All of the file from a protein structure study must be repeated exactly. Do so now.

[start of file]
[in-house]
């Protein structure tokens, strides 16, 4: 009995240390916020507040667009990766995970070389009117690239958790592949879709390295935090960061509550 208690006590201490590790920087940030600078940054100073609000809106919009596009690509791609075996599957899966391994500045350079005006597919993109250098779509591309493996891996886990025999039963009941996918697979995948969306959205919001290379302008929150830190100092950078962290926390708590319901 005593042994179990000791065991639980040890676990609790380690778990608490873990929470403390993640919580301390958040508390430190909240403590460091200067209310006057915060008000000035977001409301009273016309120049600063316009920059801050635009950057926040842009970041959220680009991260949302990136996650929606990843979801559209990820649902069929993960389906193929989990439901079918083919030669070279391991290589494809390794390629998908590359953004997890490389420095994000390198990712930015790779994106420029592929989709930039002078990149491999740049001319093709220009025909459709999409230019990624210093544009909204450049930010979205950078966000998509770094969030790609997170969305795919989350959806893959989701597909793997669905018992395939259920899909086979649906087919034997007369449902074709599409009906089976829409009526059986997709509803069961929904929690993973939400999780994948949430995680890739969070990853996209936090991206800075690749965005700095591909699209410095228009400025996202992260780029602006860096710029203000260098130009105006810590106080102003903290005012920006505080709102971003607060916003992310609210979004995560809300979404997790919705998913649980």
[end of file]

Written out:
[in-house]
């Protein structure tokens, strides 16, 4: 009995240390916020507040667009990766995970070389009117690239958790592949879709390295935090960061509550 208690006590201490590790920087940030600078940054100073609000809106919009596009690509791609075996599957899966391994500045350079005006597919993109250098779509591309493996891996886990025999039963009941996918697979995948969306959205919001290379302008929150830190100092950078962290926390708590319901 005593042994179990000791065991639980040890676990609790380690778990608490873990929470403390993640919580301390958040508390430190909240403590460091200067209310006057915060008000000035977001409301009273016309120049600063316009920059801050635009950057926040842009970041959220680009991260949302990136996650929606990843979801559209990820649902069929993960389906193929989990439901079918083919030669070279391991290589494809390794390629998908590359953004997890490389420095994000390198990712930015790779994106420029592929989709930039002078990149491999740049001319093709220009025909459709999409230019990624210093544009909204450049930010979205950078966000998509770094969030790609997170969305795919989350959806893959989701597909793997669905018992395939259920899909086979649906087919034997007369449902074709599409009906089976829409009526059986997709509803069961929904929690993973939400999780994948949430995680890739969070990853996209936090991206800075690749965005700095591909699209410095228009400025996202992260780029602006860096710029203000260098130009105006810590106080102003903290005012920006505080709102971003607060916003992310609210979004995560809300979404997790919705998913649980």